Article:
Media giant Vivendi plots sale of See Tickets and festivals arms


Vivendi, the global media conglomerate, is exploring a sale of its See Tickets division and the organiser of the annual Love Supreme music festival in east Sussex.

Sky News has learnt that Paris-headquartered Vivendi, which owns the French broadcaster Canal Plus and the marketing services giant Havas, is working with advisers on a potential disposal of parts of its Vivendi Village subsidiary.

City sources said on Monday evening that Vivendi was working with advisers on a process that is expected to kick off imminently.

Insiders, cautioned, however, that no final decisions had been taken and that sales of the two businesses were not inevitable.

A formal auction is, however, certain to draw interest from a range of financial and industry bidders.

See Tickets, which operates in eight European markets including the UK, sold 39 million tickets last year to sporting events, museums, concerts, festivals and other live events.

That figure compared with the 25 million it sold in 2019, the last year before the COVID-19 pandemic brought live entertainment to a global standstill.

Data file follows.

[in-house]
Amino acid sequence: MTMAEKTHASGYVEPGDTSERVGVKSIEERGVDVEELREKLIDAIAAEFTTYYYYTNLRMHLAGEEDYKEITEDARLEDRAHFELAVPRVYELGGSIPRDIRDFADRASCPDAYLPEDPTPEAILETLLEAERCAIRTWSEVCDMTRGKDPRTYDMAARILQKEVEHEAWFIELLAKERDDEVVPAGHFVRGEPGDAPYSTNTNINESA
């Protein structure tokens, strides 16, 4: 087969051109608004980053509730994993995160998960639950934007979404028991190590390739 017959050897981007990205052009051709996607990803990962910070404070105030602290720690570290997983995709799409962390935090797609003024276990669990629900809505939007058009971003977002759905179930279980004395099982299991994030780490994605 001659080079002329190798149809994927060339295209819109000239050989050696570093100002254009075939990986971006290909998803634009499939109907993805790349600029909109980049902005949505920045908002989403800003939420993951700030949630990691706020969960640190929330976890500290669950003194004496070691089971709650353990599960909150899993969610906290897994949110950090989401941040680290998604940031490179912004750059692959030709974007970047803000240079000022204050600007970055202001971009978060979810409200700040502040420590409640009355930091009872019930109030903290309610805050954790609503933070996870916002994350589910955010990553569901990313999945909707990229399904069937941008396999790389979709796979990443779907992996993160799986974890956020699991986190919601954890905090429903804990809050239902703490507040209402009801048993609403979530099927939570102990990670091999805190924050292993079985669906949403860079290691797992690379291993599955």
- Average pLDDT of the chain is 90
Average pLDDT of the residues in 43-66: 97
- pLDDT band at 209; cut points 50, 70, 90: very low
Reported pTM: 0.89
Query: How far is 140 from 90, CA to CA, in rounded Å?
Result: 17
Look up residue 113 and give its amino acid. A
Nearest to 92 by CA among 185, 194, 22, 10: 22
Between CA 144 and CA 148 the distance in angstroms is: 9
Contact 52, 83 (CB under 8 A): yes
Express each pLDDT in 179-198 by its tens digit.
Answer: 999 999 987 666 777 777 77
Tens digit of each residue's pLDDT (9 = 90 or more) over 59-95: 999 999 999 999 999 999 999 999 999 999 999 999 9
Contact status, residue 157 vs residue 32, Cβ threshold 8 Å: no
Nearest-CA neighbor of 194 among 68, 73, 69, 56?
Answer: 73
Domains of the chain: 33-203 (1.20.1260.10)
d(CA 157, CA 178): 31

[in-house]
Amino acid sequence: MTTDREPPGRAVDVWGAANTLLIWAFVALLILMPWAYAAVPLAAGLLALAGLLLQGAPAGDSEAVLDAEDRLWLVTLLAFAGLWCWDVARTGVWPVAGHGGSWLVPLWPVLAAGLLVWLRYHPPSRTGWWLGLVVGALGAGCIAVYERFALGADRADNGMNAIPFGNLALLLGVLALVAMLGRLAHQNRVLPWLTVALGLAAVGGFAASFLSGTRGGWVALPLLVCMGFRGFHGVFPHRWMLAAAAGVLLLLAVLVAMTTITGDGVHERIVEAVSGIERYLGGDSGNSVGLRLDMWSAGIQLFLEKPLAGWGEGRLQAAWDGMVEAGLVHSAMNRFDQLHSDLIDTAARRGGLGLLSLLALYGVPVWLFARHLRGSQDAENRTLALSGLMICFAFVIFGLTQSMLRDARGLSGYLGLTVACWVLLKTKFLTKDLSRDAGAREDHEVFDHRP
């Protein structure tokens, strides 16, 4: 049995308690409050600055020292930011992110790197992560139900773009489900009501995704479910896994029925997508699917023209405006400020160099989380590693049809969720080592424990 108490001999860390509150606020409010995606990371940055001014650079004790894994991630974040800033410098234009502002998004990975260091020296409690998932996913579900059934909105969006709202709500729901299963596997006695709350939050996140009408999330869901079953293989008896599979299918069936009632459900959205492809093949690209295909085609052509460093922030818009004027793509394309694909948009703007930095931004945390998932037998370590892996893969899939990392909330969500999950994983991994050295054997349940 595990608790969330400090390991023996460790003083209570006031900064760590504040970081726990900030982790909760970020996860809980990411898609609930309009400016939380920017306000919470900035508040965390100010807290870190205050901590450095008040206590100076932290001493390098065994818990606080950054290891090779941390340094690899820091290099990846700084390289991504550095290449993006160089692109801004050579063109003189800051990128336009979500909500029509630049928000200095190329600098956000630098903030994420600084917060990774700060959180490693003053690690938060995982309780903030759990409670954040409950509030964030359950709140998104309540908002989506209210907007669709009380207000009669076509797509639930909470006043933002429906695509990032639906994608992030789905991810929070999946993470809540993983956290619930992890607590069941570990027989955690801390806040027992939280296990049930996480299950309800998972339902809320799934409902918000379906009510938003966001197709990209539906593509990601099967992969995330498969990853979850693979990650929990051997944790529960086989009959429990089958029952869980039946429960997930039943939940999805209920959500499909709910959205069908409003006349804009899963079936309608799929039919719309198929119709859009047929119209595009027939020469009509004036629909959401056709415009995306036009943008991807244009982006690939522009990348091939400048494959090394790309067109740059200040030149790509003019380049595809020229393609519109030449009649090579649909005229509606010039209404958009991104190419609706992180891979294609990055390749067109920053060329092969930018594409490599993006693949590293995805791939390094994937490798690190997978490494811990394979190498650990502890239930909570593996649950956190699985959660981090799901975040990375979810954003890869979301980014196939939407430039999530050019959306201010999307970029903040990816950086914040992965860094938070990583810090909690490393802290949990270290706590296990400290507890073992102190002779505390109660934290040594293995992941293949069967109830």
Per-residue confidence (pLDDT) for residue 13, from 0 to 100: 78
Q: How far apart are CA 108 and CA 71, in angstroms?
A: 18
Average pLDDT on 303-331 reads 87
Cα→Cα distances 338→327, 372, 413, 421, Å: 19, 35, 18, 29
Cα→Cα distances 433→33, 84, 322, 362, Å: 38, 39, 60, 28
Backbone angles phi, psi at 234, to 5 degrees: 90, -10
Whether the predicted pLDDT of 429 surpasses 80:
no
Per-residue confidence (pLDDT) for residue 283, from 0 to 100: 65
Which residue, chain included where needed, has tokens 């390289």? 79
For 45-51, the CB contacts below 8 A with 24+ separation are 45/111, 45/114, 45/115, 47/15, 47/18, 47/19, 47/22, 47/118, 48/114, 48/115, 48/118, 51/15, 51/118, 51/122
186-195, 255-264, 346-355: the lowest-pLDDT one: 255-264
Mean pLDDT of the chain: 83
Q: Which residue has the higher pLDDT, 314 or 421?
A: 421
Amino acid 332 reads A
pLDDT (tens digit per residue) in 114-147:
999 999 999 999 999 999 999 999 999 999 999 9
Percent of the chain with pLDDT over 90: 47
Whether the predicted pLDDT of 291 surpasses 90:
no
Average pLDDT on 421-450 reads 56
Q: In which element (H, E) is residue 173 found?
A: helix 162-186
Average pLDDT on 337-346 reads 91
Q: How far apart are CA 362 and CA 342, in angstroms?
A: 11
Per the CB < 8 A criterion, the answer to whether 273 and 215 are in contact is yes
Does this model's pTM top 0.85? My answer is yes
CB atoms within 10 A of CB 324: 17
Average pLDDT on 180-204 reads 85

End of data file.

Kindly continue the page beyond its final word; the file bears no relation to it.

The ticketing company also trades in the US.

Vivendi Village’s festivals arm incorporates nearly a dozen live shows, including Love Supreme and Kite, a music and ideas festival which this year featured Rachel Reeves, the shadow chancellor, the comedian and broadcaster David Baddiel and The Pretenders.

Sources said that Vivendi had concluded that neither the ticketing or the festivals businesses were of sufficient scale to compete with industry giants such as LiveNation, Ticketmaster and AEG.

It was unclear whether any of those companies would want to acquire the Vivendi assets, or if they would be allowed to from an anti-trust perspective.

The two divisions are also sub-scale compared to Vivendi’s other operations, the sources added.

It is understood that the remainder of Vivendi Village’s operations – which include its iconic L’Olympia venue in Paris and a cinema chain in Africa – are not part of the strategic review process.

Vivendi Village employs more than 650 people, according to the company’s website.

In its most recent financial results, Vivendi, which also owns a stake in Universal Music Group, said the Villages unit recorded revenues of €238m last year.

In the first half of this financial year, it reported sales of €81m.

“The business is mainly driven by ticketing (See Tickets), which represents 70% of overall revenues and is experiencing strong growth, due in particular to the expansion of its customer base to new market segments beyond its traditional activities in the field of music,” the company said.

Vivendi ranks among France’s most prominent companies, and is among the sponsors of the Rugby World Cup taking place across the country until next month.

It has a market capitalization of approximately €8.7bn.

A Vivendi spokesperson declined to comment on Monday evening.

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